15 December 1,

16 Free and Appropriate Public Education (FAPE) Evaluation What are the needs as determined from the Multidisciplinary Team evaluation reports? IEP Needs What are the student’s needs according to the IEP Team? These should include all of the needs as determined through the evaluation process. IEP Goals Does the IEP contain specific, measurable annual goals that address all of the student’s areas of need? They should be ambitious yet reasonable. Services Is the student receiving adequate special education, related services, and supplementary aids and services to enable the student to meet his or her annual goals? Educational Benefit Could include: measurable progress on IEP goals, attainment of goals, proficiency on assessments, passing grades, increases in diagnostic test scores, etc. December 1,

17 The Pertinent Federal Regulations 34 C.F.R (a)(2) (a) General. As used in this part, the term individualized education program or IEP means a written statement for each child with a disability that is developed, reviewed, and revised in a meeting in accordance with §§ through that must include (2)(i) A statement of measurable annual goals, including academic and functional goals designed to- (A) Meet the child’s needs that result from the child’s disability to enable the child to be involved in and make progress in the general education and curriculum; and (B) Meet each of the child’s other education needs that result from the child’s disability December 1,

18 Identifying Goal Areas Goals are crafted in response to identified areas of need/skill deficits as documented in the present levels. In most cases every identified need/skill deficit will be addressed through a goal. December 1,

19 What does measurable mean? The regulations are clear on the requirements for IEP goals. IEP goals must be measurable and designed to meet the child’s needs that result from the child’s disability to enable the child to be involved in and make progress in the general education curriculum, and to meet each of the child’s other educational needs that result from the child’s disability. 71 Federal Register December 1,

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21 Quality Goals: Sufficiently use objective criteria for measuring progress. Need to be specific. Must consider the unique needs of the child. Include baseline, target and method of measurement. December 1,

22 Problematic Goals: Are lacking one or more components to ensure measurability. Are broad or vague to permit clear measurement of the student’s progress. Do not consider the unique needs of the child.  Ignore relevant areas of the PLAAFP.  Describe expectations for all students in the class, not targeting the specific needs of the child (“Johnny will pass all core classes with 70% or better”). December 1,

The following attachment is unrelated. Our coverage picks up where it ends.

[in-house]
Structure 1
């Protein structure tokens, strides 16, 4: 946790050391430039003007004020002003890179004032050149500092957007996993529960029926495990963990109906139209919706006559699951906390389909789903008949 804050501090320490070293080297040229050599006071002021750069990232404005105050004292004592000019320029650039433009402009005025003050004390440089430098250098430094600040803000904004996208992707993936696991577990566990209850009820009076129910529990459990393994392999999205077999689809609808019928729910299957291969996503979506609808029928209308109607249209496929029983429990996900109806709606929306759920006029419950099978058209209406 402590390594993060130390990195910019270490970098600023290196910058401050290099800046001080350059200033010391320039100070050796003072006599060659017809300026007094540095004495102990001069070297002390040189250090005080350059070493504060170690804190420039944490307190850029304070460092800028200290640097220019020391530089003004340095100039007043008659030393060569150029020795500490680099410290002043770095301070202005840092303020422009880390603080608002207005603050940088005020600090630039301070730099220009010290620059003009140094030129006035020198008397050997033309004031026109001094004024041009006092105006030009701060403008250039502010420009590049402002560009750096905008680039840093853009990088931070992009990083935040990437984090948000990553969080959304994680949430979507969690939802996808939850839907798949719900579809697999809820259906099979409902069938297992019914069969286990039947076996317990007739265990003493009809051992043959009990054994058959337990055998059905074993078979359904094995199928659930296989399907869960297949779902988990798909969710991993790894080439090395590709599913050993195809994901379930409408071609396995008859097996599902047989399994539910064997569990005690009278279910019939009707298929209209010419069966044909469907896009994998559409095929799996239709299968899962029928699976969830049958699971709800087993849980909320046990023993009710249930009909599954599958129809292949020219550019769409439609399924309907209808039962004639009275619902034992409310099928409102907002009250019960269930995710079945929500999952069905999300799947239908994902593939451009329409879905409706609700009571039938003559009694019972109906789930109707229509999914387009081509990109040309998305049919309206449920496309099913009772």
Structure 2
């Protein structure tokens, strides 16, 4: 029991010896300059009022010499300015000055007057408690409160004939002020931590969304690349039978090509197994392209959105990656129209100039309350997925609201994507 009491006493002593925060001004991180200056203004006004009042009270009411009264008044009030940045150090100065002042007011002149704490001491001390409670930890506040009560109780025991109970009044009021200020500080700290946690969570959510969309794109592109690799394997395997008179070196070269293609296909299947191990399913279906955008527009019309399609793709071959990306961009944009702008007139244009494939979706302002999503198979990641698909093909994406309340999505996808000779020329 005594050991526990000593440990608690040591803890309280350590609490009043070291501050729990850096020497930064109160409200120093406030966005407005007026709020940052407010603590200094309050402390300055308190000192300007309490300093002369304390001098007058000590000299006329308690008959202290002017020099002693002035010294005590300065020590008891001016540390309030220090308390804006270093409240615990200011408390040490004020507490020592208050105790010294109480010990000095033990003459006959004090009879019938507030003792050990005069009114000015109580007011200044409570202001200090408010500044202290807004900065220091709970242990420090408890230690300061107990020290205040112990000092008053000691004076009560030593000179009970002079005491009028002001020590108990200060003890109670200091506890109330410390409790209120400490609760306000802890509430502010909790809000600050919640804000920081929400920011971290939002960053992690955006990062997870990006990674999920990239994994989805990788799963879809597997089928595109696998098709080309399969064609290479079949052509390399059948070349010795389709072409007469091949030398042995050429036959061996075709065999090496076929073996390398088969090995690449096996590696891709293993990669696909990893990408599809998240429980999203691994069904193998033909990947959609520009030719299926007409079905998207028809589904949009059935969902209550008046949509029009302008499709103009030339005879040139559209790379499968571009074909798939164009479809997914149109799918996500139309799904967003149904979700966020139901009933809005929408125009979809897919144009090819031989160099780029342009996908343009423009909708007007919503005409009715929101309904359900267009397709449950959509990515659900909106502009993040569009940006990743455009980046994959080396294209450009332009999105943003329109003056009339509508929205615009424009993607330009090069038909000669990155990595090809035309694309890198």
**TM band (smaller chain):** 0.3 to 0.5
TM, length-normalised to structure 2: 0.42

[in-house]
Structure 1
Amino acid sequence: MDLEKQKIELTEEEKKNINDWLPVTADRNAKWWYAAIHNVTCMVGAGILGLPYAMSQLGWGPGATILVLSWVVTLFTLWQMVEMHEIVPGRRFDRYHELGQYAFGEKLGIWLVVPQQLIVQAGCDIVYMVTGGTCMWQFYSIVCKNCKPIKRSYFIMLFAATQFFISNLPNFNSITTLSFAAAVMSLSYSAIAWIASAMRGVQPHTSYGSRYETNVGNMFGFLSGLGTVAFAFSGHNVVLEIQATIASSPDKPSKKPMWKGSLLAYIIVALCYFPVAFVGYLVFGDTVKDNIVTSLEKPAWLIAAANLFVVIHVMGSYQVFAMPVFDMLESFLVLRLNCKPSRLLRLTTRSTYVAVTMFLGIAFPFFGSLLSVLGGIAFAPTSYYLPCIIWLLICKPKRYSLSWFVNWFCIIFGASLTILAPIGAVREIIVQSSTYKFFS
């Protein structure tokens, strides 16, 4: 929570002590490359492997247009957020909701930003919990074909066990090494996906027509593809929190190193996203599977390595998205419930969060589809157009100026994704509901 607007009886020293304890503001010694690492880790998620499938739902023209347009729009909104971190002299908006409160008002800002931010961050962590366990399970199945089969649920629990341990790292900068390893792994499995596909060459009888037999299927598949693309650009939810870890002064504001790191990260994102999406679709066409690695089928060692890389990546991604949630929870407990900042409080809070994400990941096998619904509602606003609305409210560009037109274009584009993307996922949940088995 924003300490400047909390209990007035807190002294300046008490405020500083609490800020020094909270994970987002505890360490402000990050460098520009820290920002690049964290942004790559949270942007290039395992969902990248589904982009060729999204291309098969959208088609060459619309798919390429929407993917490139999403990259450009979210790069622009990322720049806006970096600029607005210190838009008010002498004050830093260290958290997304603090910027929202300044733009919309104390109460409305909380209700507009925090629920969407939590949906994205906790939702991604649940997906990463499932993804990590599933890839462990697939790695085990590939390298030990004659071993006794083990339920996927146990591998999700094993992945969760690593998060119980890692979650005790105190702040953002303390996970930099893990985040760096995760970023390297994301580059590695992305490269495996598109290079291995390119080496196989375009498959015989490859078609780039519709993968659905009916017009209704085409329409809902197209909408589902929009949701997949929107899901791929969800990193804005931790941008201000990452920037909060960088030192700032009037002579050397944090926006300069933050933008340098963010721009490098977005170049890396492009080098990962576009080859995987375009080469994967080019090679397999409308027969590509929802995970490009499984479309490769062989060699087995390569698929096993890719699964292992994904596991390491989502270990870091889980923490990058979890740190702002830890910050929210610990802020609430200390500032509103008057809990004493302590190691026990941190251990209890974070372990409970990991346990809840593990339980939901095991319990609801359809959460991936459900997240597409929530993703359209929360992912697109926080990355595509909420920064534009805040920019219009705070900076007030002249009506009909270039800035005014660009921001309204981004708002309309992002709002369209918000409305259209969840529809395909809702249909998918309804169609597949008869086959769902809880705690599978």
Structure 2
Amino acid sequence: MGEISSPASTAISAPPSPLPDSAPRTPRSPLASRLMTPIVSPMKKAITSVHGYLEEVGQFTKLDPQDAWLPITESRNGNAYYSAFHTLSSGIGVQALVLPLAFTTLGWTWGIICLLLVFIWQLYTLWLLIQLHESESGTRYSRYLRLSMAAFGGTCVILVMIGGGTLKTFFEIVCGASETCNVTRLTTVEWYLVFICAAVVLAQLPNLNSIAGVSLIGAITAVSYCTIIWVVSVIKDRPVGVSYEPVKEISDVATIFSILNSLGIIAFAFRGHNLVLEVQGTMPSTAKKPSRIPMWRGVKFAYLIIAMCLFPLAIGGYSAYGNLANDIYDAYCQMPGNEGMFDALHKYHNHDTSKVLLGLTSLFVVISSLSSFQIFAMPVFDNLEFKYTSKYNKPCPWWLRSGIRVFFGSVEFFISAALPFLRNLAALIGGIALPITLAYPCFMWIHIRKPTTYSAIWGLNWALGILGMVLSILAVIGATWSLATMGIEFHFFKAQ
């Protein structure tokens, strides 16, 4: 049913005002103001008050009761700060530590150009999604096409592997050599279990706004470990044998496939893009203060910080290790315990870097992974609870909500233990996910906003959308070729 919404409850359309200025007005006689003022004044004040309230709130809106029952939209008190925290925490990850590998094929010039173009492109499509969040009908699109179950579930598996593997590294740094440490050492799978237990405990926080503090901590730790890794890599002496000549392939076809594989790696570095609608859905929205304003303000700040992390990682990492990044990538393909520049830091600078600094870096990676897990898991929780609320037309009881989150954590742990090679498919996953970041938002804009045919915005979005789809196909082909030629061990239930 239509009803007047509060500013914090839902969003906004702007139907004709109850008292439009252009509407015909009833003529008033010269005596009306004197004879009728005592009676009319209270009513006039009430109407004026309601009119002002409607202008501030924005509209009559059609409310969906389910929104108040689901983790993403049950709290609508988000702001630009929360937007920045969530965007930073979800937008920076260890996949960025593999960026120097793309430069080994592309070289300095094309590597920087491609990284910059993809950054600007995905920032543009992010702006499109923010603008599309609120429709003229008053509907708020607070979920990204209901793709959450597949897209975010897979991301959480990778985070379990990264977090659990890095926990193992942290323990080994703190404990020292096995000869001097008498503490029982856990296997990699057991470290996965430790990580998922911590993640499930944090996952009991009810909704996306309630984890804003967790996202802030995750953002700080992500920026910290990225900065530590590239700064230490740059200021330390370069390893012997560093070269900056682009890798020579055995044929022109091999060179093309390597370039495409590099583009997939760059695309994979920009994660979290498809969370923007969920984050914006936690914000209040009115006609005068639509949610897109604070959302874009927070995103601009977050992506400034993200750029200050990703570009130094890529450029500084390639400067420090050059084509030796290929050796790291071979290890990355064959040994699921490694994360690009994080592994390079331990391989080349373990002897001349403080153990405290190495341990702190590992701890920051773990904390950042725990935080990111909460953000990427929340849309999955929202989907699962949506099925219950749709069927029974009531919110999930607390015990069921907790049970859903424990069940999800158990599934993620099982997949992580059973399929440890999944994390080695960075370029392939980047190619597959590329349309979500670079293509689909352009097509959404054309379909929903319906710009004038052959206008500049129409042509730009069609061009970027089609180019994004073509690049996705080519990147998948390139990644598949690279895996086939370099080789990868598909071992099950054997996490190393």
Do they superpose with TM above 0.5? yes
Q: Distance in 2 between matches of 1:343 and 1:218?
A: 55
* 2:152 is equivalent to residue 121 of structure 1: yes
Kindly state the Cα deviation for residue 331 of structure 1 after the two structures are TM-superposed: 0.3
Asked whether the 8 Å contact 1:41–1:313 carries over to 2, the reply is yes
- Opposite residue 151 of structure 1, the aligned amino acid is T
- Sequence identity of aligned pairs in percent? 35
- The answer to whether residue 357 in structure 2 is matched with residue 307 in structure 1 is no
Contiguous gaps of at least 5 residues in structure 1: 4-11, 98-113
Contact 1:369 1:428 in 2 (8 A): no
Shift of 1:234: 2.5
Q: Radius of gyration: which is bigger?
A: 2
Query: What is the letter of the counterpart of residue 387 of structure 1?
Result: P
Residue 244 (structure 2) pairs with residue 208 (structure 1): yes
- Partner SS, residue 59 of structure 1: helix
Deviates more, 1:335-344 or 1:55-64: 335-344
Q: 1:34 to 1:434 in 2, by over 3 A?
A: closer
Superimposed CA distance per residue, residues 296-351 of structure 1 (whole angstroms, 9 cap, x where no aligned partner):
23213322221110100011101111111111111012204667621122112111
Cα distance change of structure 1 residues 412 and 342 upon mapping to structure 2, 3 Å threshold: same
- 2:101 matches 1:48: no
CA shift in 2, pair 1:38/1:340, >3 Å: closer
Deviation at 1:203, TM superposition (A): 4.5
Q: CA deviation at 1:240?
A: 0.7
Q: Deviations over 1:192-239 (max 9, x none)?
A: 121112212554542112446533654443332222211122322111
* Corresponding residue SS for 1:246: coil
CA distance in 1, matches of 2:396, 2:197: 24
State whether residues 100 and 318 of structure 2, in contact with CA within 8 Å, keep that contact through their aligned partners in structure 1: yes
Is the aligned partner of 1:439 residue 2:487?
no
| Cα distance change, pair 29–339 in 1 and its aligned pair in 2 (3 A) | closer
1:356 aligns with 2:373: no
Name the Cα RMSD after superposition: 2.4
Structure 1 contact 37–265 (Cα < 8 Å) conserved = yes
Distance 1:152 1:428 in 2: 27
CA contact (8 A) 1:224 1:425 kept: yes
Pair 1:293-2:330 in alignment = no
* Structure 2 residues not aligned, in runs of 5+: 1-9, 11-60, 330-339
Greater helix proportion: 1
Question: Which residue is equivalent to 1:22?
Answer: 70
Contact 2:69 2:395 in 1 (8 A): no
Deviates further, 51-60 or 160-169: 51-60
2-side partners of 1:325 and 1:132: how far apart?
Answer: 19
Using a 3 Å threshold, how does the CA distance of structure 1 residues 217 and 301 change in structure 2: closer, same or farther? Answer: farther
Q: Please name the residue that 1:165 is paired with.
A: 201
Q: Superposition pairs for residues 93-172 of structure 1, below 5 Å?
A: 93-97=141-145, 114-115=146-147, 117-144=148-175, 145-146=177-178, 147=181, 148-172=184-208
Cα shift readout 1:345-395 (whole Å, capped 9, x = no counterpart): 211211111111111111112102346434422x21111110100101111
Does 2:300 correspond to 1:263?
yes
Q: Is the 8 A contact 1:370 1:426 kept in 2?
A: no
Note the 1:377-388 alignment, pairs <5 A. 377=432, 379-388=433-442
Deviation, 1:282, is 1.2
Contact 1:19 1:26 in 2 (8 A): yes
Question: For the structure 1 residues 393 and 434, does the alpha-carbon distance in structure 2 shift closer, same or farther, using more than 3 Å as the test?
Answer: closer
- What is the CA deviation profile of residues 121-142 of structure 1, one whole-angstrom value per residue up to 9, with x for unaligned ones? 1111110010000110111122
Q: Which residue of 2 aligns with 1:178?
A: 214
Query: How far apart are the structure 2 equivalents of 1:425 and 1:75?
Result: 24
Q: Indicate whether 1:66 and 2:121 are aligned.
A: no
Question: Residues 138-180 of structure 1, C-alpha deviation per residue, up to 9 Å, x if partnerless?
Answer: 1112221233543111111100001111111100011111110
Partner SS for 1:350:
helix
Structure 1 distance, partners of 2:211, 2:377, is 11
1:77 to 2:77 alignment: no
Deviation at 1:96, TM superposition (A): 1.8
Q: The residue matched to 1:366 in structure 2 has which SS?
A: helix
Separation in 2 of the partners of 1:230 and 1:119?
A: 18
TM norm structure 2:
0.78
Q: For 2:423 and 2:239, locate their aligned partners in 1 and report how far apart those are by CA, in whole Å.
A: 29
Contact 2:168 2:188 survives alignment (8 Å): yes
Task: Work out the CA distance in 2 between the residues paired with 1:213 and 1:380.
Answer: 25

23 Amending of Goals Goals in their very nature are “fluid”. As students progress or show a lack of progress on goals, these goals need to be amended, when appropriate between annual IEPs. December 1,

24 Practice Tip: The statement of present levels and annual goals should pass the “Stranger Test.” Can the unfamiliar reader understand the student’s current skill level, the skill to be attained in the annual goal, and how progress will be measured? December 1,

25 Case Law The following slides are case law that support the topic we have discussed today and provide additional evidence of the necessity for accurate and clear PLAAFPs and measurable goals. December 1,

26 Case Law Evans v. Board of Education of the Rhinebeck Central School District, 24 IDELR 338 (S.D.N.Y. 1996). December 1,

27 Case Law Kuszewski v. Chippewa Valley Schs., 34 IDELR 59 (E.D. Mich. 2001), aff'd, 38 IDELR 63 (6 th Cir. 2003). December 1,

28 Case Law Independent Sch. Dist. No. 701 v. J.T., 45 IDELR 92 (D. Minn. 2006). December 1,

29 Case Law Friedman v. Vance, 24 IDELR 654 (D. Md. 1996). December 1,

30 Case Law E.S. v. Katonah-Lewisboro Sch. Dist., 55 IDELR 130 (S.D.N.Y. 2010), citing D.D. v. New York City Bd. of Educ., 46 IDELR 181 (2 nd Cir. 2006). December 1,

31 In Summary: A quality, legally compliant IEP starts with descriptive present levels of academic achievement and functional performance. The present levels statement connects to crafting measurable annual goals. In order to be measurable, an annual goal should contain the student’s current skill level (baseline), the skill level to be attained (target), and how the progress will be measured (method of measurement). IEPs that do not contain these elements or are not measurable may result in a denial of FAPE. December 1,

32 Q & A Session December 1,